Mount Sinai Researchers Identify Subtle Changes that May Occur in Neural Circuits Due to Cocaine Addiction
Research May Offer a Unique Pathway for Targeting New Therapeutics for Addiction Treatment
A research team from the Friedman Brain Institute of the Icahn School of Medicine at Mount Sinai has published evidence that shows that subtle changes of inhibitory signaling in the reward pathway can change how animals respond to drugs such as cocaine. This is the first study to demonstrate the critical links between the levels of the trafficking protein, the potassium channels’ effect on neuronal activity and a mouse’s response to cocaine. Results from the study are published in the peer-reviewed journal Neuron on May 7, 2014.
The authors investigated the role of sorting nexin 27 (SNX27), a PDZ-containing protein known to bind GIRK2c/GIRK3 channels, in regulating GIRK currents in dopamine (DA) neurons on the ventral tegmental area (VTA) in mice.
“Our results identified a pathway for regulating the excitability of the VTA DA neurons, highlighting SNX27 as a promising target for treating addiction,” said Paul A. Slesinger, PhD, Professor, Department of Neuroscience, Friedman Brain Institute, Icahn School of Medicine at Mount Sinai.
“Future research will focus on the role that potassium channels and trafficking proteins have in models of addiction,” said Dr. Slesinger.
Dr. Slesinger was the lead author of the study and joined by Michaelanne B. Munoz from the Graduate Program in Biology, University of California, San Diego and the Peptide Biology Laboratories, The Salk Institute for Biological Studies, La Jolla, California.
The research was supported by grants from the National Institute on Drug Abuse, the Salk Institute Chapman Foundation, the National Institute on Alcohol Abuse and Alcoholism, and the National Institute on Drug Abuse.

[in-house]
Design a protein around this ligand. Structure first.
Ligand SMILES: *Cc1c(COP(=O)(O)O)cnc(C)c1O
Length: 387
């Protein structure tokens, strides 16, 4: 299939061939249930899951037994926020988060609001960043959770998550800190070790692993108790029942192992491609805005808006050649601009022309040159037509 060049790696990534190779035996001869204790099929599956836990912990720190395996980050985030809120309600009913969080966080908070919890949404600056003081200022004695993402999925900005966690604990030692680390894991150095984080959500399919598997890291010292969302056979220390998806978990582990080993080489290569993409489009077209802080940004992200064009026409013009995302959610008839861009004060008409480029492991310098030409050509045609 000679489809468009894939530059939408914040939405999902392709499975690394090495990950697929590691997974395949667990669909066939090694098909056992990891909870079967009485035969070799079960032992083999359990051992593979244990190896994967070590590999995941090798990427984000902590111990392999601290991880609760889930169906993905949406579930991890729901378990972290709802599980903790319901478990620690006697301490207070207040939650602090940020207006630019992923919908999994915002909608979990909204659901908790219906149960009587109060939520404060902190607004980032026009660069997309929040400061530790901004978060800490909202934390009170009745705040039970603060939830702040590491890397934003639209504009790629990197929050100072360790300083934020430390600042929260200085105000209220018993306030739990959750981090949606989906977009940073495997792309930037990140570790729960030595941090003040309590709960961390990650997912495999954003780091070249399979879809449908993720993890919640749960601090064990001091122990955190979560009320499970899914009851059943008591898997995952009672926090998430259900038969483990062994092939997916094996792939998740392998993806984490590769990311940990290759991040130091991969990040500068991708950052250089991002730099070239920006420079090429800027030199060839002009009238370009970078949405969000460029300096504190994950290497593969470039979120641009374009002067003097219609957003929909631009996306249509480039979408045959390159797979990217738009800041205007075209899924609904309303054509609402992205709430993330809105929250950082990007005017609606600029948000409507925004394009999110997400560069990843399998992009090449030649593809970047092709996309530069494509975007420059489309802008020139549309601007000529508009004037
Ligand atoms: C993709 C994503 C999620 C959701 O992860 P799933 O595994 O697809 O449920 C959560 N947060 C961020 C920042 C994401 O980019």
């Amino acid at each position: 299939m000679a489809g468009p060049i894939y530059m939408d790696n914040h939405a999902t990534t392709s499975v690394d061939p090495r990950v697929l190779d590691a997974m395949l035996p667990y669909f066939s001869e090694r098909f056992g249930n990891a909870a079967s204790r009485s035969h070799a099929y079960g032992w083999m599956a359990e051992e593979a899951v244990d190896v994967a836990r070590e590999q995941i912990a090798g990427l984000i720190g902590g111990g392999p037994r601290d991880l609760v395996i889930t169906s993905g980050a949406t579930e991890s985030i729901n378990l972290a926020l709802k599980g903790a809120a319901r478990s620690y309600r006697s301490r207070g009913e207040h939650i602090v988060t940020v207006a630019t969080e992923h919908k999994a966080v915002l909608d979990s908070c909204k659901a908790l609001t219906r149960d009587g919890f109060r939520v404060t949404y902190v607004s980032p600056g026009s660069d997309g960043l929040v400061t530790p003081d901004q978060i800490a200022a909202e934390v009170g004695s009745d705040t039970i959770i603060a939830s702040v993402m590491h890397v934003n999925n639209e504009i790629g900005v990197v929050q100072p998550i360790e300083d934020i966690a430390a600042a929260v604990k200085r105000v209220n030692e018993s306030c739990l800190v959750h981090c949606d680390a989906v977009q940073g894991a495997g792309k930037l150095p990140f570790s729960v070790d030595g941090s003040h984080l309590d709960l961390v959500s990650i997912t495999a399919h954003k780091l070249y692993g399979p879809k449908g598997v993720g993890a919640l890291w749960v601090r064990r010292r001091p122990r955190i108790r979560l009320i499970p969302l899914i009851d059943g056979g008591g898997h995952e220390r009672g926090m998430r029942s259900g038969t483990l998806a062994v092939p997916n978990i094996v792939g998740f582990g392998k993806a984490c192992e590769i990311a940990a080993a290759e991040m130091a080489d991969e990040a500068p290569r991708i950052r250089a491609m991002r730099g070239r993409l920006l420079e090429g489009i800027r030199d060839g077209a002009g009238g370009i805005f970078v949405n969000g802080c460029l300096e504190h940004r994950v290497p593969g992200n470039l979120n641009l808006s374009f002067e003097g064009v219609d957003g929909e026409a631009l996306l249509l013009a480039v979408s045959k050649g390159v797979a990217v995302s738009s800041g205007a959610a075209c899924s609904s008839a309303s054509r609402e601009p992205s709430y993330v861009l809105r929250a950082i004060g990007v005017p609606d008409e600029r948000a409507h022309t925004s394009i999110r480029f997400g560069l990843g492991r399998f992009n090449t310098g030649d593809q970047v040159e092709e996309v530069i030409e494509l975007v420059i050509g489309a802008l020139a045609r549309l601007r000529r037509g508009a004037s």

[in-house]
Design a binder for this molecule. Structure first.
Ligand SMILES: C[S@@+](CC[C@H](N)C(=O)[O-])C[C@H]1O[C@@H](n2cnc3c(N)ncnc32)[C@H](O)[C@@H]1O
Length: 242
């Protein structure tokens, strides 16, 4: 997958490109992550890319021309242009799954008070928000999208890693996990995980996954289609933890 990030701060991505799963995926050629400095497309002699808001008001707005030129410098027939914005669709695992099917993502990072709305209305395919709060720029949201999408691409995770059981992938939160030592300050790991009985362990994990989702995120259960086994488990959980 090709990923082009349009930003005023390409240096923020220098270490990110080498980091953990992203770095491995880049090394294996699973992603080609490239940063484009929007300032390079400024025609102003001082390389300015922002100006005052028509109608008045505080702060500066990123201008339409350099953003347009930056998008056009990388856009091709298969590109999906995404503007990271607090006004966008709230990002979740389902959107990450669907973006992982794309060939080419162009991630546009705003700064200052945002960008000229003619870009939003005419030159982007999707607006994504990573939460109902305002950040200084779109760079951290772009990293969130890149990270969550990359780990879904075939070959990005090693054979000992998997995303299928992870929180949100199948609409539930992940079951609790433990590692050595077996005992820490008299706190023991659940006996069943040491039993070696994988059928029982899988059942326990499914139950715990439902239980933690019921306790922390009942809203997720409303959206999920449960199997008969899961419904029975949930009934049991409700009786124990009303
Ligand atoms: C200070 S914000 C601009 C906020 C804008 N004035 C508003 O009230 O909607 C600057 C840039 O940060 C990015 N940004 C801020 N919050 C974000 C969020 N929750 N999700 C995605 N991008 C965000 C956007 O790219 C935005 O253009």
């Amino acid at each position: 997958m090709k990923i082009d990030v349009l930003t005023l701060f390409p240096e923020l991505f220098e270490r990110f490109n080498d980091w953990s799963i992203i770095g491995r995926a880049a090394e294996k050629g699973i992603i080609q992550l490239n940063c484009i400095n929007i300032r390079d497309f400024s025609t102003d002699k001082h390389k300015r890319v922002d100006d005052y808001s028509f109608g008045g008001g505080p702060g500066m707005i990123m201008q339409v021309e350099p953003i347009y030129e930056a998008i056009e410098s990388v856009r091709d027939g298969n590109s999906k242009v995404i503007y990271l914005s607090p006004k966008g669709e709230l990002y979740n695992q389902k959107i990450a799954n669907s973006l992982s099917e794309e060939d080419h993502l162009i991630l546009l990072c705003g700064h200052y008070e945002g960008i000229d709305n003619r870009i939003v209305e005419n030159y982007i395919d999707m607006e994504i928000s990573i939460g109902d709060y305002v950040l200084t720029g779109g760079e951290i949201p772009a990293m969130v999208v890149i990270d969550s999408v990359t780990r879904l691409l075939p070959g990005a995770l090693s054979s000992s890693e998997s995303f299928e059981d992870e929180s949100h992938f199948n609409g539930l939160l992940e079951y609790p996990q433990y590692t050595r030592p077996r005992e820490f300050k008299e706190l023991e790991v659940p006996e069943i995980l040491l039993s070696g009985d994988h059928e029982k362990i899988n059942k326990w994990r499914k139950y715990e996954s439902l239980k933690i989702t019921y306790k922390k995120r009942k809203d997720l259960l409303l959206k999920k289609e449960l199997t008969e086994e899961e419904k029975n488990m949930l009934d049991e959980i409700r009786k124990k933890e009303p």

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The Mount Sinai Health System is New York City's largest academic medical system, encompassing eight hospitals, a leading medical school, and a vast network of ambulatory practices throughout the greater New York region. Mount Sinai advances medicine and health through unrivaled education and translational research and discovery to deliver care that is the safest, highest-quality, most accessible and equitable, and the best value of any health system in the nation. The Health System includes approximately 7,300 primary and specialty care physicians; 13 joint-venture ambulatory surgery centers; more than 415 ambulatory practices throughout the five boroughs of New York City, Westchester, Long Island, and Florida; and more than 30 affiliated community health centers. The Mount Sinai Hospital is ranked on U.S. News & World Report's "Honor Roll" of the top 20 U.S. hospitals and is top in the nation by specialty: No. 1 in Geriatrics and top 20 in Cardiology/Heart Surgery, Diabetes/Endocrinology, Gastroenterology/GI Surgery, Neurology/Neurosurgery, Orthopedics, Pulmonology/Lung Surgery, Rehabilitation, and Urology. New York Eye and Ear Infirmary of Mount Sinai is ranked No. 12 in Ophthalmology. Mount Sinai Kravis Children's Hospital is ranked in U.S. News & World Report’s “Best Children’s Hospitals” among the country’s best in four out of 10 pediatric specialties. The Icahn School of Medicine is one of three medical schools that have earned distinction by multiple indicators: ranked in the top 20 by U.S. News & World Report's "Best Medical Schools," aligned with a U.S. News & World Report "Honor Roll" Hospital, and No. 14 in the nation for National Institutes of Health funding. Newsweek’s “The World’s Best Smart Hospitals” ranks The Mount Sinai Hospital as No. 1 in New York and in the top five globally, and Mount Sinai Morningside in the top 20 globally.